Canto IX is a Canto of anticipation – Virgil and Dante wait outside the gate of the City of Dis for someone to open the door. I noticed three things – two of them go together and the third bewildered me for a bit – Esolen’s note helped a lot, though I’m going to have to see what the Lectura Dantis commentary* makes of it, too.
First the bewildering bit:
O voi ch’avete li’ntelletti sani,
mirate la dottrina che s’asconde
sotto ‘l velame de li versi strani. (9.61-63)
O you whose intellects see clear and whole,
gaze on the doctrine that is hidden here
beneath the unfamiliar verses’ veil
The literal sense is easy enough – Dante is addressing (ideal) living readers, asking them to interpret – to read verses for doctrine hidden behind the veil. But what? This occurs as Virgil turns Dante away from Medusa and covers his eyes to save him from petrification. Is it to tell us to look when Dante can’t? But then what are we to see?
Actually I think that’s pretty close – we, readers who Dante kindly addresses as persons whose intellects see clear and whole, are to look at Medusa. He can’t.
Esolen helps here. “Dante, we must understand, is in real danger. When Virgil covers his charge’s faace with his hands lest he see the Gorgon and be turned to stone, we must not think it idle….Whatever the danger is (despair?), we are to remember that its approach to Dante might well cause the loss of his eternal soul” (428). Esolen also refers to Dante’s explanation of the 4 ways of interpreting (from the Letter to Can Grande). Since we can read this literally as turning to stone or (the moral sense) the loss of his soul by staying stuck in Hell we are reading beyond the veil. How does that sound? It satisfied me over coffee, at least.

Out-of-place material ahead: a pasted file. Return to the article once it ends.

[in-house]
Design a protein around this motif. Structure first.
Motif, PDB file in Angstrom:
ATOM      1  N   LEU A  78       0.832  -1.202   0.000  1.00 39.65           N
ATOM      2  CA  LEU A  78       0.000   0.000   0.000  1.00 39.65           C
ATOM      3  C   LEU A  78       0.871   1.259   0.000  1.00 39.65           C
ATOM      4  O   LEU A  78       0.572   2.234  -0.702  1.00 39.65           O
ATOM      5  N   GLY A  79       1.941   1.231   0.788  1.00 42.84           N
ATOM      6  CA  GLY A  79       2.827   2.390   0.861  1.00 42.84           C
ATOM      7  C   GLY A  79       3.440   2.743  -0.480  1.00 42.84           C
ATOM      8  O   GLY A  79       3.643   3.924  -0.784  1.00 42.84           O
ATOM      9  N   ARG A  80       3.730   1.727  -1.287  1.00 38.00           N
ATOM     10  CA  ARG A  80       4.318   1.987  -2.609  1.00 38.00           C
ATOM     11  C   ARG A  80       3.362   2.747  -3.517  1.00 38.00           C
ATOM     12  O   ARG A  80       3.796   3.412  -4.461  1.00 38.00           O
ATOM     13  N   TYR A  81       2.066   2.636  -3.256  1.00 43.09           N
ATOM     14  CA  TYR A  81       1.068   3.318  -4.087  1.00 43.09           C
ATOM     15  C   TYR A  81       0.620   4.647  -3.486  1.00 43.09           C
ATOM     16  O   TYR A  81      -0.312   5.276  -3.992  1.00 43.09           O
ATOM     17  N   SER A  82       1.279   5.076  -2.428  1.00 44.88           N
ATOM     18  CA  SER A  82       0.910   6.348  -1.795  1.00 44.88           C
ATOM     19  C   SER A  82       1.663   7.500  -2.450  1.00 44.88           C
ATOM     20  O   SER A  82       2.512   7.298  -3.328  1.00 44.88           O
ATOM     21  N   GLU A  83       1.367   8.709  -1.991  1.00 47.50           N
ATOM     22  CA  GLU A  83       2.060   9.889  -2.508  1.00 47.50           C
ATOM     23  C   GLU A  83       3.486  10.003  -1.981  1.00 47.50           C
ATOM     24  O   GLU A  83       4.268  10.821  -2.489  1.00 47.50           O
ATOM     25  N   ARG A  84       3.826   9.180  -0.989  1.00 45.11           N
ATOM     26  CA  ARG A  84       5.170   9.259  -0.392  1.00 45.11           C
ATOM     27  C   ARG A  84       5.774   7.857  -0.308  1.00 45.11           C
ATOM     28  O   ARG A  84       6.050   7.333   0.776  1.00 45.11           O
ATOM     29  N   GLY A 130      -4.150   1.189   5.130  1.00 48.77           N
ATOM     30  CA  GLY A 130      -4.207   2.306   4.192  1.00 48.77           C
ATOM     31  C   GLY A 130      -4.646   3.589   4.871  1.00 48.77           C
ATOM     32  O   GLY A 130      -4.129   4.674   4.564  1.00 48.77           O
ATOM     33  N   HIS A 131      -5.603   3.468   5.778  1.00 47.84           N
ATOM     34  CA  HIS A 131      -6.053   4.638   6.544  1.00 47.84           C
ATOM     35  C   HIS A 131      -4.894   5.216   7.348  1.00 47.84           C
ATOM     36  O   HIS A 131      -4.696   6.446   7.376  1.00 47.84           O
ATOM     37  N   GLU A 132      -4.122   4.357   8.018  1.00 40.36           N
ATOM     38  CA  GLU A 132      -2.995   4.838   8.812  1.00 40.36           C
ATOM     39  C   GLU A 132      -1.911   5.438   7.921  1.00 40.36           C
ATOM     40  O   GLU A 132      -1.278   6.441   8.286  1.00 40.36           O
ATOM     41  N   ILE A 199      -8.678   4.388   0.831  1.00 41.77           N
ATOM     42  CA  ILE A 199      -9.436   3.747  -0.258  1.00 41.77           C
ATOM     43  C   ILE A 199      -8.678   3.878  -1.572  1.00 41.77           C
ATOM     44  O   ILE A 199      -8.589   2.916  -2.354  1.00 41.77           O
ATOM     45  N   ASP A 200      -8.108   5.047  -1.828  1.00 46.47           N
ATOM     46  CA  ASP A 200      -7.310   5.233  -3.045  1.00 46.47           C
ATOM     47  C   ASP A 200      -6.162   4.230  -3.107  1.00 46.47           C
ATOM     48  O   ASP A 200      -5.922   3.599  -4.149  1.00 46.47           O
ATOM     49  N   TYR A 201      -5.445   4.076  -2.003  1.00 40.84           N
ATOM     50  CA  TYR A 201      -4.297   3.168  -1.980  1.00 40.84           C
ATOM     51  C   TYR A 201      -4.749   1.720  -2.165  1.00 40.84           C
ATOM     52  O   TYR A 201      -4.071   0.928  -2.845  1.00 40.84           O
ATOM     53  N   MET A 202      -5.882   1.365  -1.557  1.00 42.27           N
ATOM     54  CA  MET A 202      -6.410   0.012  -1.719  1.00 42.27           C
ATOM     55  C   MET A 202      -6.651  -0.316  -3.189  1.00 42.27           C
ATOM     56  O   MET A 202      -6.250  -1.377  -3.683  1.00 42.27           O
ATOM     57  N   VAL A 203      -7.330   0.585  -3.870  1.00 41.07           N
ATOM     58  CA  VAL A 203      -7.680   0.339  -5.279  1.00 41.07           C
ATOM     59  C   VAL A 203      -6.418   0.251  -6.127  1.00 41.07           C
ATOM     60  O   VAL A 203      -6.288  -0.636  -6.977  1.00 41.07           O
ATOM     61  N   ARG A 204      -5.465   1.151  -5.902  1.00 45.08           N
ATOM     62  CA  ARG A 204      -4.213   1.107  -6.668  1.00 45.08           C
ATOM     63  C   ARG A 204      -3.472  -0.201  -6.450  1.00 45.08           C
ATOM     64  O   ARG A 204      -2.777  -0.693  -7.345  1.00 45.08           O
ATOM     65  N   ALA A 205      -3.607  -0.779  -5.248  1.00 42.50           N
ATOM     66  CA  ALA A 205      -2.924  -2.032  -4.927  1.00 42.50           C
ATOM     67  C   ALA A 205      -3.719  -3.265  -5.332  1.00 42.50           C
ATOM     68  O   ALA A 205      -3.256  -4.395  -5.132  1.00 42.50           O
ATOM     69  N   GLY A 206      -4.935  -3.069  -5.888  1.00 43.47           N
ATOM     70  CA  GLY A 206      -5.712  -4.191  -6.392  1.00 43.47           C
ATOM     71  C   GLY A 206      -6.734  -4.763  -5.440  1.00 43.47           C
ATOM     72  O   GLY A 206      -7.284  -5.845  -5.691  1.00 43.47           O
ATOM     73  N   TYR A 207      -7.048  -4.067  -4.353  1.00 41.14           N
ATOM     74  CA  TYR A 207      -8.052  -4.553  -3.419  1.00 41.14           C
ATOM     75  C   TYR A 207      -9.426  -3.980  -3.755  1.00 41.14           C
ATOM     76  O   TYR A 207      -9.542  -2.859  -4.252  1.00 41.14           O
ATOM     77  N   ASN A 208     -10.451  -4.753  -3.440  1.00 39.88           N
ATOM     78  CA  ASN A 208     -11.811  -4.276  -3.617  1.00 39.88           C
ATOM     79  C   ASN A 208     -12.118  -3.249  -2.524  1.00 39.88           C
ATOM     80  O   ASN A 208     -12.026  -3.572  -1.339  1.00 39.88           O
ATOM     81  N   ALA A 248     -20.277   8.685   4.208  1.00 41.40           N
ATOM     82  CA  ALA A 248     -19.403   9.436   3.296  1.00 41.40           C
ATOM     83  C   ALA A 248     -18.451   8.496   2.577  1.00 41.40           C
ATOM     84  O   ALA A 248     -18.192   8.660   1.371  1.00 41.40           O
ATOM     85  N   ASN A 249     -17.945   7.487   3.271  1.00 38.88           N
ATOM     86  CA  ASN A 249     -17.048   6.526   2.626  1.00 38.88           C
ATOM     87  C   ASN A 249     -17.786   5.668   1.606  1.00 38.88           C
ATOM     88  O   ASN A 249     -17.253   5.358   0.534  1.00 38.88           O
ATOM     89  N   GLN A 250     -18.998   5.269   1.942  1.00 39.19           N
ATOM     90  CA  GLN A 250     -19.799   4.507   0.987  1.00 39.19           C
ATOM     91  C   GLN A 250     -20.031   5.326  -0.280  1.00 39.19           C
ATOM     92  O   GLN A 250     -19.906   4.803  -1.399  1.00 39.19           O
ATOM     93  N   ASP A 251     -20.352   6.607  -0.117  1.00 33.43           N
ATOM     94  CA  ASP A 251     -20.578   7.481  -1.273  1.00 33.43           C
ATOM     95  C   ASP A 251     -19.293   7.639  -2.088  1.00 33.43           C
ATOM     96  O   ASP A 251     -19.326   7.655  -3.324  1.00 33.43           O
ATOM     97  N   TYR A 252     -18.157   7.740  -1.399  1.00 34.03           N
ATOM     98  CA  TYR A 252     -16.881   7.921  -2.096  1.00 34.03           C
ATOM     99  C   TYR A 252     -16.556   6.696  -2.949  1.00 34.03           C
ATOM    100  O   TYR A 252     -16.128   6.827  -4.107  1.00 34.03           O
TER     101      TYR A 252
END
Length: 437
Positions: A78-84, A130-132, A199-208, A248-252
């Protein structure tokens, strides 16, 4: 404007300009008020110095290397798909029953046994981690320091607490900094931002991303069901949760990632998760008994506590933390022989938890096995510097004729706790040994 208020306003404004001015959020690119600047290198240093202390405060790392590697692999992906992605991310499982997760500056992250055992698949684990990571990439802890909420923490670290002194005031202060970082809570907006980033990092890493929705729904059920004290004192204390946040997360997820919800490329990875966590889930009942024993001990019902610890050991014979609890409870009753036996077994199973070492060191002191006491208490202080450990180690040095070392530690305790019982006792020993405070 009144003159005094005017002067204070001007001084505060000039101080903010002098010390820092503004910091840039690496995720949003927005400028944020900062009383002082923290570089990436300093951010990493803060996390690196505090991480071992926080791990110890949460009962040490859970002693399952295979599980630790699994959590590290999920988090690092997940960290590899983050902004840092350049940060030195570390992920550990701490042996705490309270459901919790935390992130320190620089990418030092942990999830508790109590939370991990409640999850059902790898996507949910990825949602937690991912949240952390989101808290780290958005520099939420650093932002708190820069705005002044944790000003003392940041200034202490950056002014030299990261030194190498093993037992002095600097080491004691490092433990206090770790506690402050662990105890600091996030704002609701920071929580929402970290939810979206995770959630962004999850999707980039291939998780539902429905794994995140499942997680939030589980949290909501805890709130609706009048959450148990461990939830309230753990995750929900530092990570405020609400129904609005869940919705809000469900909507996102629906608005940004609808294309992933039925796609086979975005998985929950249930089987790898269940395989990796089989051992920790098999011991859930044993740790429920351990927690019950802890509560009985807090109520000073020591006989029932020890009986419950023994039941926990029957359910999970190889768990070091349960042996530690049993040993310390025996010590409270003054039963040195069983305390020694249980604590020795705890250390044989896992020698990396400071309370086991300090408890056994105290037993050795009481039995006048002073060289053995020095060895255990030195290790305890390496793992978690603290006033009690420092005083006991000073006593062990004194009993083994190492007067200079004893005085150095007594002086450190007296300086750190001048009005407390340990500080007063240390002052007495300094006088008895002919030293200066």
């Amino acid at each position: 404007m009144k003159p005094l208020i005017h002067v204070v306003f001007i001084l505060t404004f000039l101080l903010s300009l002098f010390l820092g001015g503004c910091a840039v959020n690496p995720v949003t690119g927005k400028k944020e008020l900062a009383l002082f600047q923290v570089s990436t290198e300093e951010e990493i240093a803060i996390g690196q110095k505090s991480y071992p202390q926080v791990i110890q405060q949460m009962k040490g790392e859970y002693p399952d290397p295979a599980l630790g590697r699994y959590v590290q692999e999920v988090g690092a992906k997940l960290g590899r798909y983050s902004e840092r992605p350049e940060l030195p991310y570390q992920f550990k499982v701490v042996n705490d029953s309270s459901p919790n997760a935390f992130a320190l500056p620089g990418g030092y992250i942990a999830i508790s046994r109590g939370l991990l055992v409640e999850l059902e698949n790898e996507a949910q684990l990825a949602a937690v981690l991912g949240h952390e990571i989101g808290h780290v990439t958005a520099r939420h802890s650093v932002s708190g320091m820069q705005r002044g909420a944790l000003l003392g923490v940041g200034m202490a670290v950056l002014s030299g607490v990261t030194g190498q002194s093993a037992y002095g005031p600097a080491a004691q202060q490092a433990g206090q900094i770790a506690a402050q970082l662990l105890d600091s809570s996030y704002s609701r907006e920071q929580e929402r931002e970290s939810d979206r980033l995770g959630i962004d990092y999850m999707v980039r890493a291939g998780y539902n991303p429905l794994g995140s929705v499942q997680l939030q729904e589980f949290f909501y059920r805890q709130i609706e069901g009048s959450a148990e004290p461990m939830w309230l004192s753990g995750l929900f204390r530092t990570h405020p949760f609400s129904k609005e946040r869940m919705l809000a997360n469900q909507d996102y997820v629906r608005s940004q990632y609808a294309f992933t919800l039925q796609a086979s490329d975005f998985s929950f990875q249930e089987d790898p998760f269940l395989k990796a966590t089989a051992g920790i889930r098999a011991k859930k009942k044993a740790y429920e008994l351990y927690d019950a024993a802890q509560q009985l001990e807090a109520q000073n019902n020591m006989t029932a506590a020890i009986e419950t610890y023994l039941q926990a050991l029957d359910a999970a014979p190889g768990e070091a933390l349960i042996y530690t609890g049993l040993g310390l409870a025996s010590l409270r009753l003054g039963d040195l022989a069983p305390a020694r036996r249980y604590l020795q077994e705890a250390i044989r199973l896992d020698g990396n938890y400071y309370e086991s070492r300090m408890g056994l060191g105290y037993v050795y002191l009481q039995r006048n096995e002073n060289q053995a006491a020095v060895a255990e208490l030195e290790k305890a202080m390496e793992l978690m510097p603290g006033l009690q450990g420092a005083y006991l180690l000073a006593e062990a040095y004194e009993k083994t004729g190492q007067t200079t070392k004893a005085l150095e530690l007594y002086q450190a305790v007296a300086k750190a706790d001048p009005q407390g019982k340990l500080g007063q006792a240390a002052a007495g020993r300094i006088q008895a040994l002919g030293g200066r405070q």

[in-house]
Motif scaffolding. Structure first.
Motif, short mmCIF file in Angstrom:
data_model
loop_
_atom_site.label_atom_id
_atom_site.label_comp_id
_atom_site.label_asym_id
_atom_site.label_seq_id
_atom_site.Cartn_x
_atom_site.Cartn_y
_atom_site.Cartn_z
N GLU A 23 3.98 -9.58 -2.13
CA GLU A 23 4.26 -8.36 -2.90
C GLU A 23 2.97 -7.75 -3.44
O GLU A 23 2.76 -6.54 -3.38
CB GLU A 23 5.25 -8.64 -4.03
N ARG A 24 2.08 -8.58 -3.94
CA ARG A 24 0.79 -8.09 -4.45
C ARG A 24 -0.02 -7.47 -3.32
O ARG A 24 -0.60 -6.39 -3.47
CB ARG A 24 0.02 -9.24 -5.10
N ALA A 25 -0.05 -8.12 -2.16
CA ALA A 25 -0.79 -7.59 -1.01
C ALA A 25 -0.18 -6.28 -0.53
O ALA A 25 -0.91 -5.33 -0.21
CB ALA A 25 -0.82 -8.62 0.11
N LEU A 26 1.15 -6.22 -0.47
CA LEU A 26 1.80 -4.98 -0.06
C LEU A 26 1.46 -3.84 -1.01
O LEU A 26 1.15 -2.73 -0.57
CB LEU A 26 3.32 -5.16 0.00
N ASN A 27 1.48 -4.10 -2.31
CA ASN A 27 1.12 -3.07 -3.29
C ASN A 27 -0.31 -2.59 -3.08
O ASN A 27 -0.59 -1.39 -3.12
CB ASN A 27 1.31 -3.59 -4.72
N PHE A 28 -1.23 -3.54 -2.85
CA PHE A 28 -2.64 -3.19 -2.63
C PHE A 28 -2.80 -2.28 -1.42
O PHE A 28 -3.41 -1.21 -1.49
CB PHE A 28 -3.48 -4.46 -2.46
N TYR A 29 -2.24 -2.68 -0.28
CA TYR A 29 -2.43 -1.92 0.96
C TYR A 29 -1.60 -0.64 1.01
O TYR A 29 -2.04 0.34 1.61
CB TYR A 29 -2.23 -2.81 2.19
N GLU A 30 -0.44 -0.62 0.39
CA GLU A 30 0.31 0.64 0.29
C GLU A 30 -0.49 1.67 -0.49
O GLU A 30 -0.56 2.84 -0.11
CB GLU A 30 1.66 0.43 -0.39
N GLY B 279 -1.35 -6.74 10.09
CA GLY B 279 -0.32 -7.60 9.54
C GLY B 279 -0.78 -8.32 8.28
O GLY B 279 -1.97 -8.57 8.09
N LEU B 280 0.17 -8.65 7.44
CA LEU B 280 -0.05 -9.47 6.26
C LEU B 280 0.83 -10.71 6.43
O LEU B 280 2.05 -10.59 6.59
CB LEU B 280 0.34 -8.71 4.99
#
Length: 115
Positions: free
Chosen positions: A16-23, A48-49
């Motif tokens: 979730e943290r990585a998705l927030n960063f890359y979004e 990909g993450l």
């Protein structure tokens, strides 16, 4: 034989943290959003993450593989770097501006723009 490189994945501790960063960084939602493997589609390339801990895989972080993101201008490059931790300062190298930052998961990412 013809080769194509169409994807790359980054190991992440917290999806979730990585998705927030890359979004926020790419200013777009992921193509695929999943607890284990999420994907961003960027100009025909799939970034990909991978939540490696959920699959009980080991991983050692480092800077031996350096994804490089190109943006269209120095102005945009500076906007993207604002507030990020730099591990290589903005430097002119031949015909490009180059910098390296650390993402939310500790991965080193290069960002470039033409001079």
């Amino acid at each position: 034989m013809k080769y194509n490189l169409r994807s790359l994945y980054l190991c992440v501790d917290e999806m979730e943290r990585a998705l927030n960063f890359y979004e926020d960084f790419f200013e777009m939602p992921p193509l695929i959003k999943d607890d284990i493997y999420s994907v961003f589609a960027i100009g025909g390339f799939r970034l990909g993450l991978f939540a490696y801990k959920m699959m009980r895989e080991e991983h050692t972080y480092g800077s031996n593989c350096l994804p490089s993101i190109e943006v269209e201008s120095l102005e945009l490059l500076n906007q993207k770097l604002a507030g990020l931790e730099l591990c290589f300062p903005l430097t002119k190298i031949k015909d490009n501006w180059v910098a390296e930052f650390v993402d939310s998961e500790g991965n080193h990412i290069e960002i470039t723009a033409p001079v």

The picture on the right, from the photo stream of my Flickr friend Nick in Exsilio, brings us to the 2 related points. There are two great moments of classical recall and reuse in Canto IX – one of which Dante may have gotten in the folkloric sense.
First, Dante asks Virgil for some reassurance – Dante is once again on the verge of the despair Esolen mentions. Dante asks “has anyone from Limbo ever been this far in Hell?” (tercet 6). Virgil replies that he himself has been all the way to the circle of Judas, when sent by the witch Erichtho to drag a soul up to the land of the living to speak a prophesy. That’s a reference to Lucan’s Pharasalia, book 6, where just like in Virgil’s Aeneid, book 6, we read about the Underworld. We last saw Lucan in the Castle of Limbo in the company of Homer, Horace, and Ovid. Ah, intertextuality!
So, yes, Virgil has walked this path before – yet another reason for Dante to stop whining.
But once the angel from Heaven opens the gates of Dis and our pilgrims walk through, they see a vast field of jumbled tombs, which Dante compares to the Alyscamps at Arles (thanks, Nick!) and a sarcophagus field at Pola – across the Adriatic from Ravenna. You may also remember the Alyscamps from some very orange and yellow van Gogh paintings, which show a rather prettified park version. In Dante’s day it was more of a mess, probably – an area outside the city walls filled with tombs. Alyscamps is the Occitan for what northern French calls “Champs Elysees.” In medieval legend, which may have some relevance for Dante, these were the tombs of the army of Roland, slain by Saracens. Vivid visual image for a field of tombs, though.
*So far only the first two volumes are out. Each Canto gets a good essay in commentary, but each essay’s author is free to focus very narrowly. So far it’s always been interesting but never immediately useful. I’m sure the 2nd time through I will mine lots more to talk about with students.
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